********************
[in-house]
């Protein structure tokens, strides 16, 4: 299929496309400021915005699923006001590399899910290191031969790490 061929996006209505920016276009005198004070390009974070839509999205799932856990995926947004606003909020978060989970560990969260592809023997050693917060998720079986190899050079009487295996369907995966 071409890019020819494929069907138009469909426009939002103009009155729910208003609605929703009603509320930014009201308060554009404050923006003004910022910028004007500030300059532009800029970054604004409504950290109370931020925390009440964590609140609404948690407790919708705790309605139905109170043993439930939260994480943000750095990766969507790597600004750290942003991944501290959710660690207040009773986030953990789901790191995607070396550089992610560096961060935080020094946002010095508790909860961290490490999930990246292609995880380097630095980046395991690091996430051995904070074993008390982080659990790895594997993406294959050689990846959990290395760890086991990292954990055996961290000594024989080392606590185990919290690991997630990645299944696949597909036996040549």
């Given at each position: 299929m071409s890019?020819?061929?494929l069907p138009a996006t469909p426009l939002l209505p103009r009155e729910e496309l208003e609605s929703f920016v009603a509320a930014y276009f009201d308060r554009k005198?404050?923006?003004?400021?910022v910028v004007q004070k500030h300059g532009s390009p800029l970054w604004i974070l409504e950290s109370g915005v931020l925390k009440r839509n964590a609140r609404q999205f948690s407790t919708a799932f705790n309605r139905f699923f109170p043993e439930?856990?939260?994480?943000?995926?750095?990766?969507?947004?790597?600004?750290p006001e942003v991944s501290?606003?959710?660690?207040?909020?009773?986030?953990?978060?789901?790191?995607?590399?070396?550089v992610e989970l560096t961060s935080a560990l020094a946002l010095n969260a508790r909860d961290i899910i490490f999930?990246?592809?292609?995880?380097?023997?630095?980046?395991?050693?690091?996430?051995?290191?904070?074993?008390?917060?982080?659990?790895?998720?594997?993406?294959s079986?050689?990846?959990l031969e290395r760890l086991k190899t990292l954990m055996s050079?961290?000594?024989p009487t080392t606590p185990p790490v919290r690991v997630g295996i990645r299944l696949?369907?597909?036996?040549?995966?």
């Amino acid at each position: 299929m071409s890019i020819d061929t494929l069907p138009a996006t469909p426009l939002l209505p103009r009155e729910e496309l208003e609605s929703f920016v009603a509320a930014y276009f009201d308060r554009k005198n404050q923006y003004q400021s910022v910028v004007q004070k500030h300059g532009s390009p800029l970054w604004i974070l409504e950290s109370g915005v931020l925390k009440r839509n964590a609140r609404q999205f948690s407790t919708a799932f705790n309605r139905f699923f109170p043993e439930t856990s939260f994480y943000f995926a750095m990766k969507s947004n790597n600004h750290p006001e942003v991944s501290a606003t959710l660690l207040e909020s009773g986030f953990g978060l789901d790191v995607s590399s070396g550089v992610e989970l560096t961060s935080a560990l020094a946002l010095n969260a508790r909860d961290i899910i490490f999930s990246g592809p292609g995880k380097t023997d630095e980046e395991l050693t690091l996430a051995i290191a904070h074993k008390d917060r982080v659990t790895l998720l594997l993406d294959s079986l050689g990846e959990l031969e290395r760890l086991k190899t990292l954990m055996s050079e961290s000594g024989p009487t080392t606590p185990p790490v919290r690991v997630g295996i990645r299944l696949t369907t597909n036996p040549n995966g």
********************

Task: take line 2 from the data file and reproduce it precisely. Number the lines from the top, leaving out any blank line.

């Protein structure tokens, strides 16, 4: 299929496309400021915005699923006001590399899910290191031969790490 061929996006209505920016276009005198004070390009974070839509999205799932856990995926947004606003909020978060989970560990969260592809023997050693917060998720079986190899050079009487295996369907995966 071409890019020819494929069907138009469909426009939002103009009155729910208003609605929703009603509320930014009201308060554009404050923006003004910022910028004007500030300059532009800029970054604004409504950290109370931020925390009440964590609140609404948690407790919708705790309605139905109170043993439930939260994480943000750095990766969507790597600004750290942003991944501290959710660690207040009773986030953990789901790191995607070396550089992610560096961060935080020094946002010095508790909860961290490490999930990246292609995880380097630095980046395991690091996430051995904070074993008390982080659990790895594997993406294959050689990846959990290395760890086991990292954990055996961290000594024989080392606590185990919290690991997630990645299944696949597909036996040549």